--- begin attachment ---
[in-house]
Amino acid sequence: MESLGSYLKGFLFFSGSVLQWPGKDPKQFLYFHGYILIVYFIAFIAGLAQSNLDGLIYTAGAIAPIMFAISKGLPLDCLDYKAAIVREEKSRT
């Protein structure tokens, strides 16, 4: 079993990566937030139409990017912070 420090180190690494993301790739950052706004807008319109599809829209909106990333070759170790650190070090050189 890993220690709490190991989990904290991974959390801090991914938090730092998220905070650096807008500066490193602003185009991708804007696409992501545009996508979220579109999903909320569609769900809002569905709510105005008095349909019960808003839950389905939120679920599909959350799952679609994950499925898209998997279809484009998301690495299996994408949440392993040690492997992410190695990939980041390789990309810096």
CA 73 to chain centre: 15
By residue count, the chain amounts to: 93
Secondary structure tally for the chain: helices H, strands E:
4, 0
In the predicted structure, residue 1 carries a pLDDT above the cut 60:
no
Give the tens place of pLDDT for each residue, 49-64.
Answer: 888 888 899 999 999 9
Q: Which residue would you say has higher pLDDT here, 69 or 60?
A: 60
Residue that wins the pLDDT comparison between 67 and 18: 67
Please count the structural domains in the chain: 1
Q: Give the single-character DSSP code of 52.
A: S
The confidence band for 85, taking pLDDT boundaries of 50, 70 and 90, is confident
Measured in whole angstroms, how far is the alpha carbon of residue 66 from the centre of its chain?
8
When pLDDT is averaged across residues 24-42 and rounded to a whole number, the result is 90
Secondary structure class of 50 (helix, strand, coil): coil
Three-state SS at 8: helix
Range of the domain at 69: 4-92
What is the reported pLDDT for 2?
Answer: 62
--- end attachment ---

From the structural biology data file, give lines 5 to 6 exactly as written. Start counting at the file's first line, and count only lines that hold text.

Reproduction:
By residue count, the chain amounts to: 93
Secondary structure tally for the chain: helices H, strands E: